The Adam's Pearmain apple has dull-red streaks on a yellow or orange flushed background, with greyish-brown russetting making the skin slightly rough. The finely-textured flesh is crisp, tender and slightly dry, with a nutty, sugary flavour. The apples are fragrant.
The tree produces very attractive flowers.
Robert Adams from Norfolk submitted this apple to the London Horticultural Society in 1826 under the name of Norfolk Pippin. The apple may have originated, though, in Hertfordshire, where it was called "Hanging Pearmain". The apple was very popular in Victorian England because it stored well. It is less popular now because its muted colour gets blown away by the brighter apples on the grocery store shelves, and its slight dryness which was appealing to tastes back then has gone out of fashion.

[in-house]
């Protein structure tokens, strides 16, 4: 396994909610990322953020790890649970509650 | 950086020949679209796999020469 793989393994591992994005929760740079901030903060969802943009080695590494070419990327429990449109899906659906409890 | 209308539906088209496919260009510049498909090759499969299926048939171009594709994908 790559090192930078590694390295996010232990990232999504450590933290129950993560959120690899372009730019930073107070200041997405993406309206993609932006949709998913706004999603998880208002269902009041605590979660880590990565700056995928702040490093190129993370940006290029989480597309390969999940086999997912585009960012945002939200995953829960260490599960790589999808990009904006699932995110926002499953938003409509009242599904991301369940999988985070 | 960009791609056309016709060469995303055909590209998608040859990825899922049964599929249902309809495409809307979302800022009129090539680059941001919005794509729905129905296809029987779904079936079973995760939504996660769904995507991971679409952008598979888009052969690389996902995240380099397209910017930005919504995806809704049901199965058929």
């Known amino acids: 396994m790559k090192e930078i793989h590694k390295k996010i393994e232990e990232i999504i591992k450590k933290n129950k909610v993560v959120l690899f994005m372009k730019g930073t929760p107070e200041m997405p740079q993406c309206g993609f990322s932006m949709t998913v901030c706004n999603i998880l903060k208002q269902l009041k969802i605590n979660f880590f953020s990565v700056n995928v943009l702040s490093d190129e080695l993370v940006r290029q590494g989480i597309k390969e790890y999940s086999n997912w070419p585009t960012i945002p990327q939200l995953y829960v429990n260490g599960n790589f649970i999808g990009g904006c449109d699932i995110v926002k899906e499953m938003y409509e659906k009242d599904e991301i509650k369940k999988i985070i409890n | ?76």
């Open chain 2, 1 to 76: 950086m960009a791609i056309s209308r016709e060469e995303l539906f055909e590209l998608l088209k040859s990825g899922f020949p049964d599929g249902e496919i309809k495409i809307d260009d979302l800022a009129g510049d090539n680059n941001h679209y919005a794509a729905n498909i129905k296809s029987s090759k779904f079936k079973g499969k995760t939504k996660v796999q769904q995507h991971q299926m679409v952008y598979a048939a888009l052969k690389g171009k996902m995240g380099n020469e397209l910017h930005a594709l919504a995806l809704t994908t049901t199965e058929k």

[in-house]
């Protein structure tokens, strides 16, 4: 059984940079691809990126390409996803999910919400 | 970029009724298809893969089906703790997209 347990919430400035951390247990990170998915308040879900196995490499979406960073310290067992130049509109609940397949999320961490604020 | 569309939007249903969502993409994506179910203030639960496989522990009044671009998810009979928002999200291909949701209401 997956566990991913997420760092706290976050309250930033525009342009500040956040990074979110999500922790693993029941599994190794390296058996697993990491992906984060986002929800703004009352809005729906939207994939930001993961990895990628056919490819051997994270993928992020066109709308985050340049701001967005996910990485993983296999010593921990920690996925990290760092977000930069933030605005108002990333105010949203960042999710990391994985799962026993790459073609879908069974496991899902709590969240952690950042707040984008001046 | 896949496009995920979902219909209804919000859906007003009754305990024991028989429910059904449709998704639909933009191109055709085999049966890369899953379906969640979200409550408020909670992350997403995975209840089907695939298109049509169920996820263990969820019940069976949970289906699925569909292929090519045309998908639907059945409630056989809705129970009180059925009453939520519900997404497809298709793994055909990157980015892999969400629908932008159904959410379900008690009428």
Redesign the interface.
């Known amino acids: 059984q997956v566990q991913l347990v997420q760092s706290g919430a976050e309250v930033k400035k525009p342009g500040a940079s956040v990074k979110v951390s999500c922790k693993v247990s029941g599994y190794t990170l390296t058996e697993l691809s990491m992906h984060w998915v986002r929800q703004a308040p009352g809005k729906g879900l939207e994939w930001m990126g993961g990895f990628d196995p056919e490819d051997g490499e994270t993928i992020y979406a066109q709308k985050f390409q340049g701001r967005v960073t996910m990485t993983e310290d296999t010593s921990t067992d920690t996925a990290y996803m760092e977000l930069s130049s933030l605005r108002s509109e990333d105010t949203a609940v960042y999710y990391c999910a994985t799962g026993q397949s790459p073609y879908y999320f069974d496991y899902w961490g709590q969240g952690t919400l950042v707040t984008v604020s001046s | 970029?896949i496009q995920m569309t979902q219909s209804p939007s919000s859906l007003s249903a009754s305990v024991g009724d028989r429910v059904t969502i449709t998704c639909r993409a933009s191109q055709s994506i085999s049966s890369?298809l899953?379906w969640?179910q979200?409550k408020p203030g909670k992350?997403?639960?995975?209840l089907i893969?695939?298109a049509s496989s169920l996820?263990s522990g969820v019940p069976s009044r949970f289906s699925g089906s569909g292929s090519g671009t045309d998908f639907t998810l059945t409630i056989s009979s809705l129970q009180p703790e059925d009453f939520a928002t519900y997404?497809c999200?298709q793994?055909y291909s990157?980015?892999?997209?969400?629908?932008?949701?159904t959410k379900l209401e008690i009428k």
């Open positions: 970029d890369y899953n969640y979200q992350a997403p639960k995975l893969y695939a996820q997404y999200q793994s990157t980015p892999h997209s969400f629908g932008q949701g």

The word "pearmain" comes from the French adjective "parmanus", meaning from Parma in northern Italy.